All Articles
Climate Tech

The Ocean is the Next Frontier of Carbon Removal

September 22, 2023
x min read

The answer for sustainable carbon removal might be hiding in a surprising place: the bottom of the ocean.

Ocean carbon removal projects are a fast growing trend for startups and venture capital.

The big idea:

  • The ocean holds more carbon than any other part of Earth
  • While the path to net zero is largely focused on simply reducing greenhouse gas emissions, that is likely to be insufficient on its own
  • Aside from just reducing emissions, there is an enormous need to actually remove CO2 from the environment at scale
  • Ocean carbon removal could play an important role in being able to successfully remove gigatons of CO2 from the environment
  • There are many different types of approaches for ocean based carbon dioxide removal, including deep sea storage, micro algae cultivation, artificial upwelling and more

How it works:

  • Deep sea storage takes captured CO2 and then stores it in the ocean water column or sea bed
  • Micro algae naturally captures carbon on its own and is one of the most effective ways to naturally capture carbon
  • The concept of micro algae cultivation is to add important nutrients such as nitrogen and iron to areas of the ocean where nutrients are limited to encourage micro algae growth
  • That micro algae growth then absorbs CO2 from the atmosphere and a process occurs which leads some carbon to sink to the ocean floor as biomass, some carbon to be sequestered in the deep ocean and some carbon to be recycled as nutrients
  • Artificial upwelling replicates another natural upwelling, which is the process of bringing nutrients from the deep ocean floor towards the sunlight to enable photosynthesis of micro algae
  • Artificial upwelling does this through pump technology that stimulates phytoplankton and draws in carbon dioxide

What’s happening:

  • Ocean Networks Canada, a world renowned ocean observing facility hosted by the University of Victoria, has entered into a collaboration with leading carbon removal company Running Tides to study what happens after sinking biomass to the bottom of the ocean floor
  • Seafields, a United Kingdom based startup, recently announced they conducted the world’s first study of sinking sargassum to the bottom of the ocean floor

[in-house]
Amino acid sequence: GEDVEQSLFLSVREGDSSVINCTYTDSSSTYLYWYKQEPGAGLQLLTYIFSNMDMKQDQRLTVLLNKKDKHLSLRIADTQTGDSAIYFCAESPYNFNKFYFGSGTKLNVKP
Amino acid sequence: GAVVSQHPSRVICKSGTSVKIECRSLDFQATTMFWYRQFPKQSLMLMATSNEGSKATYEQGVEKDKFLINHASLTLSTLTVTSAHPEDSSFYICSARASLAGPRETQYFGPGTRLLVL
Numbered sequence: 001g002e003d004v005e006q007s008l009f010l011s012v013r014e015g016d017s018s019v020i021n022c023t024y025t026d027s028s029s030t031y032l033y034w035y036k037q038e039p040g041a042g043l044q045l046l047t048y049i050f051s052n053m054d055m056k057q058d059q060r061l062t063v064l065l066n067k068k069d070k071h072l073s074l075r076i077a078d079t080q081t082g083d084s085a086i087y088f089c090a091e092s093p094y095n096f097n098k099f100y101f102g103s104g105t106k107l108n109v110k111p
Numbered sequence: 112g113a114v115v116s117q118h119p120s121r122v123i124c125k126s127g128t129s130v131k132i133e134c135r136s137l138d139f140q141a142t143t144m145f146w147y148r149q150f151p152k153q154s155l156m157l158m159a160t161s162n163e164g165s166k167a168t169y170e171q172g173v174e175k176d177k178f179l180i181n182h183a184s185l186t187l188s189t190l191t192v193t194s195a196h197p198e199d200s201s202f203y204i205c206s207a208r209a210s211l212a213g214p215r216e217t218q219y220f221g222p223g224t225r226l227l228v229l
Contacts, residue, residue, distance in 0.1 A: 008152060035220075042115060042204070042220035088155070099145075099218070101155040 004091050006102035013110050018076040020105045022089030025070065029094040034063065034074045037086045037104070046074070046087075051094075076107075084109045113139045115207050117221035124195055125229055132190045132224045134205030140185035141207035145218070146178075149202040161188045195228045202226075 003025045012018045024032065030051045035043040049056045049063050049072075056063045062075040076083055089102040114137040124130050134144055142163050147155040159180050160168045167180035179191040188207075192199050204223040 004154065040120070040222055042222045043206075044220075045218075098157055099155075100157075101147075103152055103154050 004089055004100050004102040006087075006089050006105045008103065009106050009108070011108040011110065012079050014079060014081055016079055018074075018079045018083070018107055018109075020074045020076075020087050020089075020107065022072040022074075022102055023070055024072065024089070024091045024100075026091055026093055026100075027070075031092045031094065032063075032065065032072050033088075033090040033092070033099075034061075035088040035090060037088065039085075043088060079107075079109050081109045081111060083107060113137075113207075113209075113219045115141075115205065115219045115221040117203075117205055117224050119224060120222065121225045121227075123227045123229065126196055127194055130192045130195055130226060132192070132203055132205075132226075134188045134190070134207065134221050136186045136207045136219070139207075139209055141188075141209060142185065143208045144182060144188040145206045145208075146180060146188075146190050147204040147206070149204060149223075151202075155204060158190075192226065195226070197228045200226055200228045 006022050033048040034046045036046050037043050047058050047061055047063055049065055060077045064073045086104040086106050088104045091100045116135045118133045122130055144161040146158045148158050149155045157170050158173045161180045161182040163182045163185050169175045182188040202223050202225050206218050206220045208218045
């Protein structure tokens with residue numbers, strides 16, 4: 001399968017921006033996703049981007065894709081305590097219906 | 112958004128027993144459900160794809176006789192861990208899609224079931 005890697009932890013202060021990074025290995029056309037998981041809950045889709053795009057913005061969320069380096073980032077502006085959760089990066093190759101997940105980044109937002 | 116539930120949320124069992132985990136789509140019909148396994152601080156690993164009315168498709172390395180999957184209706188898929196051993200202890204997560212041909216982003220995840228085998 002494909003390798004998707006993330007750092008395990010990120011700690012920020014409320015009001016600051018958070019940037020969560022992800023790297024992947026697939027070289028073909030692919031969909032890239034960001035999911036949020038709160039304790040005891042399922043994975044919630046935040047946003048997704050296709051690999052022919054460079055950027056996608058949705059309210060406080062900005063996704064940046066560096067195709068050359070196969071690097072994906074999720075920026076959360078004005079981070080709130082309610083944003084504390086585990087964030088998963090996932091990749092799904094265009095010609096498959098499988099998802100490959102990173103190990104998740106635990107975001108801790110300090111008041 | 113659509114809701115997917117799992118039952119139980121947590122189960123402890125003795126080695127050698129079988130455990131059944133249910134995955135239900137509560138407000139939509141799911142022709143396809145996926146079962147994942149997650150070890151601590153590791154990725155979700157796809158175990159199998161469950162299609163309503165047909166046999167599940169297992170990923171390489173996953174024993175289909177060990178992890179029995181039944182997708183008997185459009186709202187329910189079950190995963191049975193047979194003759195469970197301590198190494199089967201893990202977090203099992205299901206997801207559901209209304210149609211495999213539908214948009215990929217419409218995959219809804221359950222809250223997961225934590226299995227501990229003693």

• Oslo based publicly traded company Ocean Geoloop (OSE: OCEAN) is developing a first of its kind ‘ocean dome’ system to create a circular ecosystem between point of source carbon capture and cleaning the ocean
  • Notably, Chevron is a shareholder of Ocean Geoloop
  • Ebb Carbon, a startup founder by former talent from Tesla and SolarCity, has recently launched the first ever ocean C02 removal system

By the numbers:

  • The United States Department of Commerce just announced $24M in funding for ocean based carbon dioxide projects, citing their enormous importance as part of net zero
  • Brilliant Planet, a London based startup focused on cultivating micro algae at large enough scale to sequester gigatons of carbon, raised a $12M Series A led by Union Square Ventures and Toyota Ventures
  • Running Tide, the startup who has generated the first ever carbon credits from ocean removal, raised $54M in a Series B led by Lowercarbon Capital
  • Further, Running Tide has a partnership with Microsoft to purchase 12,000 tons of carbon removal

The intrigue:

  • There are a number of unique other possibilities created by harnessing the power of the ocean for carbon removal
  • New Mexico based Ocean Based Climate Solutions has developed a technology that converts CO2 into fish food through artificial upwelling that creates phytoplankton
  • Creating new phytoplankton boosts fish populations and also completes the cycle of carbon removal, as the excrement from fish becomes natural waste that sinks to the bottom of the ocean floor

Discover what’s next. The world’s biggest ideas, disruptive trends, most exciting early stage companies and groundbreaking entrepreneurs.

By clicking Subscribe you're confirming that you agree with our Privacy Policy.
Thanks for subscribing!
Keep an eye out for a welcome email shortly.
Oops! Something went wrong while submitting the form.